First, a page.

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by Hedgebrook Guest

I caught the red-ass over a post-it note. I even took a photo of it with my phone.  It was blue, and stuck on my thirteen-year-old son’s poem he wrote for English class. The one clear sentence in his teacher’s handwriting said, “vague poetry is just not good poetry.” Heat bubbled in my belly, built up until I began to pace the house, front door to back. I watched from the kitchen as my son picked up the altered book in which his poem was written. He read the post-it note and then closed the book leaving it on the kitchen table. Half hour later, I watched him do it again. 

Would that  sentence fragment lodge itself in his brain? In his writing hand? Would he close himself up, roly-poly style? Would he eventually forget the original insult only to believe himself simply untalented? What if I wrote that sentence on a poem written by a kid in the Detention Center where I teach workshops? The power of words can be frightening. I wanted to snatch his teacher bald, but knew I was overreacting a tad.

A memory of a long ago party popped onto my inner screen and began to roll. There we were, acting like fools, listening to music, singing and dancing. After a particularly loud yet heartfelt rendition of Journey’s “Faithfully” I took a bow. A beloved friend lifted her drink and said, “Do the city a favor Kelly, and never sing again! My eardrums are shredded.” Everybody laughed, including me. I thought she must be right, so I did NYC a solid and kept my mouth shut. For years I did not sing aloud even to myself when I was surely alone.

In 2013 I attended VONA, Voices of our Nation’s Artists, a residency/workshop for writers of color. After spending a week with generous, sharp witted writers, I returned home wrapped in a blanket of their support, and well wishes. Many of us found one another on Facebook or Twitter. There we congratulate and commiserate often.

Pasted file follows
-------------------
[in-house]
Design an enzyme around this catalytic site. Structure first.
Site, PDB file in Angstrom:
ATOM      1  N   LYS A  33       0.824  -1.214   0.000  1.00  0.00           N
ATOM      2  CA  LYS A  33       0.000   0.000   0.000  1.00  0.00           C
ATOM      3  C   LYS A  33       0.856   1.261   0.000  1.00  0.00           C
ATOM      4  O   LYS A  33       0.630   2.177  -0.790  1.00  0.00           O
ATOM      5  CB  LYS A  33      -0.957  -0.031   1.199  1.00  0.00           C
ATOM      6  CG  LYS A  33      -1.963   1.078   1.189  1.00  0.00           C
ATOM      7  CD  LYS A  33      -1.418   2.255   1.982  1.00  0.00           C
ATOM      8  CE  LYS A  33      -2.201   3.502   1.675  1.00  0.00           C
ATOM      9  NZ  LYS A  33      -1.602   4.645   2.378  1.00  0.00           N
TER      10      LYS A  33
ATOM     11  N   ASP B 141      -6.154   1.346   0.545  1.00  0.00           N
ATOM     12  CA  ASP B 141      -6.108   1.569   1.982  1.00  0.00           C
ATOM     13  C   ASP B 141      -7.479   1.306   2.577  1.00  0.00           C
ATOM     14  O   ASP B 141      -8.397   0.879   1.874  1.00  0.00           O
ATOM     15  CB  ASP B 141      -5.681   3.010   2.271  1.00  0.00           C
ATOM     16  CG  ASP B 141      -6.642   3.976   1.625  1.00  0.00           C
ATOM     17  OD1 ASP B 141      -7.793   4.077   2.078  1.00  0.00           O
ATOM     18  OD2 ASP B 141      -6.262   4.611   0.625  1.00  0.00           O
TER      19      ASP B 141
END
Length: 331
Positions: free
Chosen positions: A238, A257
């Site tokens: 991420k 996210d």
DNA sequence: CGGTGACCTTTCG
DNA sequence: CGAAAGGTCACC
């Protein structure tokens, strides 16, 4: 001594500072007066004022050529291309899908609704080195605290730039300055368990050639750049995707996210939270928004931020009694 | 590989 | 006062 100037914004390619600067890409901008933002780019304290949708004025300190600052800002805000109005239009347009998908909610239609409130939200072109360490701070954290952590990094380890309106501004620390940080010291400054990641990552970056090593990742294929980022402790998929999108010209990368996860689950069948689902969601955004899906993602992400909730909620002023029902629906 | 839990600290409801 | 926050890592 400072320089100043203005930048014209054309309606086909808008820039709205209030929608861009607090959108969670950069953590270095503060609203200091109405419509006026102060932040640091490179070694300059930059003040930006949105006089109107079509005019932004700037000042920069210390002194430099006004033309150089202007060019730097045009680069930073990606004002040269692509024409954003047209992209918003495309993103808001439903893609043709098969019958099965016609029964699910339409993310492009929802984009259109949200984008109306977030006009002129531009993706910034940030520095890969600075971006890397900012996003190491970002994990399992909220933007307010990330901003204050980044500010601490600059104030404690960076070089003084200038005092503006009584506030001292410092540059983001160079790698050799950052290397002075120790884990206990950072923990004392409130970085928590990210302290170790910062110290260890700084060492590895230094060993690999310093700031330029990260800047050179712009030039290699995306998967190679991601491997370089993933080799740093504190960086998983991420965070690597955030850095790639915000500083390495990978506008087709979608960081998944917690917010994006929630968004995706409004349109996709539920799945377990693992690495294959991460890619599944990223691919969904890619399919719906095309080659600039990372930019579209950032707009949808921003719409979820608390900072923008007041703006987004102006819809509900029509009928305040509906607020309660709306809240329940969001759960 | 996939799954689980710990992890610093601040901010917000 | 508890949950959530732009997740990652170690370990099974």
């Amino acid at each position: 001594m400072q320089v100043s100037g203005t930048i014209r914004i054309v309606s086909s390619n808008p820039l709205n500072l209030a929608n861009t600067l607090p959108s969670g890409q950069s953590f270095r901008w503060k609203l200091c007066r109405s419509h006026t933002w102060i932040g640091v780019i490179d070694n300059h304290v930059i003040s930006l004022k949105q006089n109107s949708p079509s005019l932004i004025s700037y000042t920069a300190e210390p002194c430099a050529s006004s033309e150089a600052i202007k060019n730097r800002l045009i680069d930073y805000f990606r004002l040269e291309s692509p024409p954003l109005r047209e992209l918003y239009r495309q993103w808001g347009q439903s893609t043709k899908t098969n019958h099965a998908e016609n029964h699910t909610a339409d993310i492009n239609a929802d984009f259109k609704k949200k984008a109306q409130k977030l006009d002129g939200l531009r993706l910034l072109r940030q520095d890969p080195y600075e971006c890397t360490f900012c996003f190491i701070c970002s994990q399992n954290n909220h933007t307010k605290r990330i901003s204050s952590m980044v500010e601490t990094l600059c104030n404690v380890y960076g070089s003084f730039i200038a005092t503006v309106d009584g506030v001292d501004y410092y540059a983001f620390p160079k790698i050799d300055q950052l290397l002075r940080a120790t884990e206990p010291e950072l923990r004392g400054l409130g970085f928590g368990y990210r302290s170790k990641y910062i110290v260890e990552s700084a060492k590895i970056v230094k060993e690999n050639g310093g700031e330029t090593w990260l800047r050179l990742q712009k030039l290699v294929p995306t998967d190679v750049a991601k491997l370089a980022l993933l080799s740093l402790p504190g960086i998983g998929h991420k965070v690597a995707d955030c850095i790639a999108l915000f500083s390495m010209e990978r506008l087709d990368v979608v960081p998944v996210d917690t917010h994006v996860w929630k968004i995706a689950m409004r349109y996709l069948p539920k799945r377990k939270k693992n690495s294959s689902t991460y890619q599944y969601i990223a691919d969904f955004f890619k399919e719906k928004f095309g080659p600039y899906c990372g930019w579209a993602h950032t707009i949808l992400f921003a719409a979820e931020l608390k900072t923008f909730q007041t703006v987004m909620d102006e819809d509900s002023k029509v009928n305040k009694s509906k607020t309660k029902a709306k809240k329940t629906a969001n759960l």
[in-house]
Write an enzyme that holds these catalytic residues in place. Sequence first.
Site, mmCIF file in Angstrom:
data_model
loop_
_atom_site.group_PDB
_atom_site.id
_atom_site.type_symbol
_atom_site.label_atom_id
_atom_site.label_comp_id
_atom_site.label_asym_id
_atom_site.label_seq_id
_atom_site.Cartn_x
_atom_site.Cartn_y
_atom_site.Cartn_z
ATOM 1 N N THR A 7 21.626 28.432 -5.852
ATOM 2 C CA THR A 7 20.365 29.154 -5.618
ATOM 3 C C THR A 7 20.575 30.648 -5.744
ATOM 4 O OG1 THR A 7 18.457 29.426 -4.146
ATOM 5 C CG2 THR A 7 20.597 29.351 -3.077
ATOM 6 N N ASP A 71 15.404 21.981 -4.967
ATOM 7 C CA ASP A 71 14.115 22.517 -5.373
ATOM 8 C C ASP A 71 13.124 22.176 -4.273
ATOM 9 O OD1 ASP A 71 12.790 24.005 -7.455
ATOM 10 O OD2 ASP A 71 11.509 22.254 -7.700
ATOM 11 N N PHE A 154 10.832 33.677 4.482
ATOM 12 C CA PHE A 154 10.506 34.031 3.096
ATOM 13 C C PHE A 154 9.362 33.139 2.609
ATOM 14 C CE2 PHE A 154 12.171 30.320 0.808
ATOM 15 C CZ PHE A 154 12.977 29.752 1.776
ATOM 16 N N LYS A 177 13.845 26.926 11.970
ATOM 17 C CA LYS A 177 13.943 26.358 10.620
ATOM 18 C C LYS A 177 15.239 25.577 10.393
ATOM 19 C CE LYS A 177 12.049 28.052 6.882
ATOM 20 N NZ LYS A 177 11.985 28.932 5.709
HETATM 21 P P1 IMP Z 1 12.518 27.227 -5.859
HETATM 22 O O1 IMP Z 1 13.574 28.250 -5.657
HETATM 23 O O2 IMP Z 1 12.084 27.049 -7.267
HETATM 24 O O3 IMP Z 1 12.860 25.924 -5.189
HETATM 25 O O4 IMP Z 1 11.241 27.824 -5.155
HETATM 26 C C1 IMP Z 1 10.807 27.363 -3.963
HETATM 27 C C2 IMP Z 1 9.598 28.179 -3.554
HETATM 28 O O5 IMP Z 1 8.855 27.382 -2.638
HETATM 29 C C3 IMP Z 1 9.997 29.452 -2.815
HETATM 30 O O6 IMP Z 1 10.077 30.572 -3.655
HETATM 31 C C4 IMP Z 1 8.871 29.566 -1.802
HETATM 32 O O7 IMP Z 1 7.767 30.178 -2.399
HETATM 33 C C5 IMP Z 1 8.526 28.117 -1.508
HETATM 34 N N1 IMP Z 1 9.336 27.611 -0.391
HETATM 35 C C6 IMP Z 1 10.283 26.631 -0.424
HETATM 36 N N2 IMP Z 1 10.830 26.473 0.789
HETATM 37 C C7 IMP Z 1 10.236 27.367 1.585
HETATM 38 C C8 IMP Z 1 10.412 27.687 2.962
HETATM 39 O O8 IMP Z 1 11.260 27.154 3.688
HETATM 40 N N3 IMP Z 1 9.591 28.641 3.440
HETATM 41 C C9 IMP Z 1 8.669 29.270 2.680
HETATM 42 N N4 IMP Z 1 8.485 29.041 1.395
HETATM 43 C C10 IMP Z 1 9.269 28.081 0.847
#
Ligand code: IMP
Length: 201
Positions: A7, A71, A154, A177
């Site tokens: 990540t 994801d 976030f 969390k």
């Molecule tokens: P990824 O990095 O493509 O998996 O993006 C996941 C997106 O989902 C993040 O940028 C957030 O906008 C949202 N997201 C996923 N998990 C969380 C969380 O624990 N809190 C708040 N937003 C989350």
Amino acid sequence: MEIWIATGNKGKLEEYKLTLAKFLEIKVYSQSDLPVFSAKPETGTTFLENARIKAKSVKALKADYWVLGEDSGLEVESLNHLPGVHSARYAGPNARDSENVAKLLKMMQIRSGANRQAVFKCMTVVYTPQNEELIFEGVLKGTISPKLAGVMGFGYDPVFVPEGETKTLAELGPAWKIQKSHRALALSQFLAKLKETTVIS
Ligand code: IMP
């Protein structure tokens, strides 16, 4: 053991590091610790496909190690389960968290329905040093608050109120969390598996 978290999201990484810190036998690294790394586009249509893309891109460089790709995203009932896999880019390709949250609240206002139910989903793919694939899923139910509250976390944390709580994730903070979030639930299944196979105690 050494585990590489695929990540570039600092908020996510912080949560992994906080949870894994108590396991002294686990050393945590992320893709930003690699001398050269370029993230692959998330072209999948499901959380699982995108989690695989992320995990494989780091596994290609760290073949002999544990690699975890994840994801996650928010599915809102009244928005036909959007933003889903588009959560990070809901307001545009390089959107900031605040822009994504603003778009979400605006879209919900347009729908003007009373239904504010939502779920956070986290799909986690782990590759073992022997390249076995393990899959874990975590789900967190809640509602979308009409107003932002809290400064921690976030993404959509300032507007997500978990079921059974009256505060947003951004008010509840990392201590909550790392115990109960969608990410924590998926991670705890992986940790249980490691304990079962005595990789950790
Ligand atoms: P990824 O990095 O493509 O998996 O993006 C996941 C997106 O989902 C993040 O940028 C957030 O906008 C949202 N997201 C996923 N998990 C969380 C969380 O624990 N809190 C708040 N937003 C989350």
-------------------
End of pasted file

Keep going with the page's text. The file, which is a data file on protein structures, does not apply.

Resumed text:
Last year I spent a month at Hedgebrook. There is no way to count the blessings of that stay. I even spent a night singing with my sister writers. That’s right, singing badly and loudly without reserve.  Once again, I returned home with names and faces stamped on my heart. I knew exactly where to turn for advice about a blue post-it note on a poem.

I didn’t go to high school or college, and spent many years teaching myself how to write in solitude. So, a real community is a blessing I don’t take for granted. They are a group of women (and some men) who are fiercely committed to their craft, and to lifting each other up any way they can. Surely they would tell me if I was making a big deal over nothing. I took it to the internet, wailed my story,  and posted my son’s poem along with his teacher’s words.

They flooded my inbox. I could see my son’s smile from the back of his head as he read comments from all over the country. Women writers supported his work without condescension. They made sure I knew that “vague poetry is just not good poetry” is not good critique. My writing community helped me craft a response to the teacher that dealt only with the sentence she wrote, and not her as a person. They held me up after I spoke with her over the phone. Congratulated me after we hashed it out with mutual respect. The teacher invited me to do a workshop for her class. I did one on revision and critique. These women mothered my son for me, with me. Every day, they help me have the confidence to be the kind of writer and person I know I can be. They give me the courage to sing.


Below is Jackson’s poem. He said I could post it.

Where I’m From

I am from the winds

the molten iron that seeps

from arteries running

through the eyes of a madman

to the asphalt

reflecting the blood red sky

above it

I am from the waves that crash upon

black sand beach

the folds and crumples in a white duvet

I am from a stir-pot sizzling

with delicacies

I am from the ink sprayed across canvas

littering the walls

I am from a deep void born

by light and extinguished

by darkness

I am from the winds

I am from the fire

I am from the waters

I am from

the void


About the Author:

Kelly_ClaytonKelly Clayton is a poet, and fiction writer who teaches writing workshops in local schools,The Lafayette Juvenile Detention Center, and Summer Youth Shakespeare Ensemble. A Creole with branches and roots from Louisiana since 1765. Her work has been published by Future Cycle Press, Delacorte Press, China Grove Press, among others. Kelly is a VONA/Voices, and a Hedgebrook Alumnae.